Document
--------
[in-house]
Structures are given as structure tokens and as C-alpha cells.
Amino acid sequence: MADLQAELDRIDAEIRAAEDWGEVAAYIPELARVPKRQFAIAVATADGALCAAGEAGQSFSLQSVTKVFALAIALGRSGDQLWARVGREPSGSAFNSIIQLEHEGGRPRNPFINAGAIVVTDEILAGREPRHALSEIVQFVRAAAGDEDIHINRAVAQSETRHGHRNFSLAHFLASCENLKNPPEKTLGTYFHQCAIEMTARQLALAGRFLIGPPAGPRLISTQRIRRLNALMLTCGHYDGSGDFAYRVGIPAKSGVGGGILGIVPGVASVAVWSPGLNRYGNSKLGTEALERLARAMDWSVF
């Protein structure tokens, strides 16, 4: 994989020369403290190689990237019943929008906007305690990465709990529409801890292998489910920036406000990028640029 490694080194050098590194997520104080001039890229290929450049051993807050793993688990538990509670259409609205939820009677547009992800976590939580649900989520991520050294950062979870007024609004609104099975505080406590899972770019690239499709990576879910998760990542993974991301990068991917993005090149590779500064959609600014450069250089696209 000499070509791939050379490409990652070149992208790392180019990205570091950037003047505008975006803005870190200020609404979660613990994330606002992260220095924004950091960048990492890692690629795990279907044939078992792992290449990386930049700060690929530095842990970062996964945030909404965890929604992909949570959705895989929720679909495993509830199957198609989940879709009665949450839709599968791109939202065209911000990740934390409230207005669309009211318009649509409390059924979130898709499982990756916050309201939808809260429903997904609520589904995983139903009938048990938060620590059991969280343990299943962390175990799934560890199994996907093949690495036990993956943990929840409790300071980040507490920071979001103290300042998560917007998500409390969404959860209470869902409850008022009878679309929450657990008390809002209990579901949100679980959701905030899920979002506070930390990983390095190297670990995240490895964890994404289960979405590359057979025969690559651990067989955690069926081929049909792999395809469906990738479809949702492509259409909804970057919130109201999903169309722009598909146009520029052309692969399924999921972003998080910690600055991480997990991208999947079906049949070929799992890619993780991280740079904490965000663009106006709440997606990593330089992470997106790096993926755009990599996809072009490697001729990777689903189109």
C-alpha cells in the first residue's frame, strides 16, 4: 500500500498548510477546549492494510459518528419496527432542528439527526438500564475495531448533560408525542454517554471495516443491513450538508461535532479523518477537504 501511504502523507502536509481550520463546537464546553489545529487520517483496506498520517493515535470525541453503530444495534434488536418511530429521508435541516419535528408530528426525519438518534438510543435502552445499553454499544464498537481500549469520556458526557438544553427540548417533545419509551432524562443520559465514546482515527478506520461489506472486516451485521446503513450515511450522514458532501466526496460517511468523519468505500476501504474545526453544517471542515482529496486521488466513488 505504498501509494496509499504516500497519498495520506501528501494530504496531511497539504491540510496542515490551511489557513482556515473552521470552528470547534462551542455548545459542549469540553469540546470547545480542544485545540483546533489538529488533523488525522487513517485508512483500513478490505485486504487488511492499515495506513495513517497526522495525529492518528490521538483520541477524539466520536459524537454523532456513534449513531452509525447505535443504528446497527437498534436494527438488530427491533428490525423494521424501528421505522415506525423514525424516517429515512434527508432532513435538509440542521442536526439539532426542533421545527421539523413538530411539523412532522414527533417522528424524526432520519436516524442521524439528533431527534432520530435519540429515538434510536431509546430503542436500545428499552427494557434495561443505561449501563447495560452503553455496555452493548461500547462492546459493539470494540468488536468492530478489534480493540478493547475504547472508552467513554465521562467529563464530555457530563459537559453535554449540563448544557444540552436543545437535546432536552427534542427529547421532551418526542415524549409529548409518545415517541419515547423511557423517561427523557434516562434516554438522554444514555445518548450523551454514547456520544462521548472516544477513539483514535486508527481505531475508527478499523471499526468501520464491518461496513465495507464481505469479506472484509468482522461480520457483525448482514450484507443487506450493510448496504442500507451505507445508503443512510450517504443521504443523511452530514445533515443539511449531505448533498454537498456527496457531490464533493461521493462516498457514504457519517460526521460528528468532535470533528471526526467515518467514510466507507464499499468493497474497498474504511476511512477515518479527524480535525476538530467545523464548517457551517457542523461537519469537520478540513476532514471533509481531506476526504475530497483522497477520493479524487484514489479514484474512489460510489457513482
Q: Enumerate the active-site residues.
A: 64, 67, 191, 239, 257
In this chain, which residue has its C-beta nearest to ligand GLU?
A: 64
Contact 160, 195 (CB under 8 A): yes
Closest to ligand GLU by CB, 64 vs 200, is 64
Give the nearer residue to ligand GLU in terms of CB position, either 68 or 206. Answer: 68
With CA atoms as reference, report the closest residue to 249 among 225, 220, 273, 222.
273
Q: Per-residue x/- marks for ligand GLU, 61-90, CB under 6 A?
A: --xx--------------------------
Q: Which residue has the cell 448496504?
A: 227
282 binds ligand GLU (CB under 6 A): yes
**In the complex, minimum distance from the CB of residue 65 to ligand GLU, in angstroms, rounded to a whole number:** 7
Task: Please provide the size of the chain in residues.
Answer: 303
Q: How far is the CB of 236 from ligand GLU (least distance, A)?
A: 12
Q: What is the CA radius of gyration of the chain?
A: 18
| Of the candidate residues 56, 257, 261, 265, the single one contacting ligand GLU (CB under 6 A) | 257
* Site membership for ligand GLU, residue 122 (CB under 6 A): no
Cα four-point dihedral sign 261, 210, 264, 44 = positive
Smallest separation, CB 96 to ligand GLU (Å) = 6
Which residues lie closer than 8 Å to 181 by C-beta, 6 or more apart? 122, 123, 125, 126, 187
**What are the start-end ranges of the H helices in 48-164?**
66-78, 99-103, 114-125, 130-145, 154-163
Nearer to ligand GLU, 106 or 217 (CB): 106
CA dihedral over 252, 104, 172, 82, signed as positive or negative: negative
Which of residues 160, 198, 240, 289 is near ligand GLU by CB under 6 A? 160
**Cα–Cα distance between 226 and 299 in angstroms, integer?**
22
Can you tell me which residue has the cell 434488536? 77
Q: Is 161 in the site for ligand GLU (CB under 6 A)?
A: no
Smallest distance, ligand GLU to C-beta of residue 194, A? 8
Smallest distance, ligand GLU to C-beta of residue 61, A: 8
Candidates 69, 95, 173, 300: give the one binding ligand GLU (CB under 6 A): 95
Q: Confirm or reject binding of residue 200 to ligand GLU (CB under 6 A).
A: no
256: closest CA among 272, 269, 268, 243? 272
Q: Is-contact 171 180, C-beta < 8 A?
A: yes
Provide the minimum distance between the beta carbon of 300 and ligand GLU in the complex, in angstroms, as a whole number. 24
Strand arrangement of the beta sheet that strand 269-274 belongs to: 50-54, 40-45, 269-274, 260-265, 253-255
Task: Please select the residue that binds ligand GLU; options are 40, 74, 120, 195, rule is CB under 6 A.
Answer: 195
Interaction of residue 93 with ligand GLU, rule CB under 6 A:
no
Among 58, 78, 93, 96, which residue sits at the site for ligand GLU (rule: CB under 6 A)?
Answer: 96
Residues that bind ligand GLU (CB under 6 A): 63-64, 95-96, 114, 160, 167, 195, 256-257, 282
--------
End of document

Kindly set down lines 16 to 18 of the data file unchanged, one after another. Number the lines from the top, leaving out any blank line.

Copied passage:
A: --xx--------------------------
Q: Which residue has the cell 448496504?
A: 227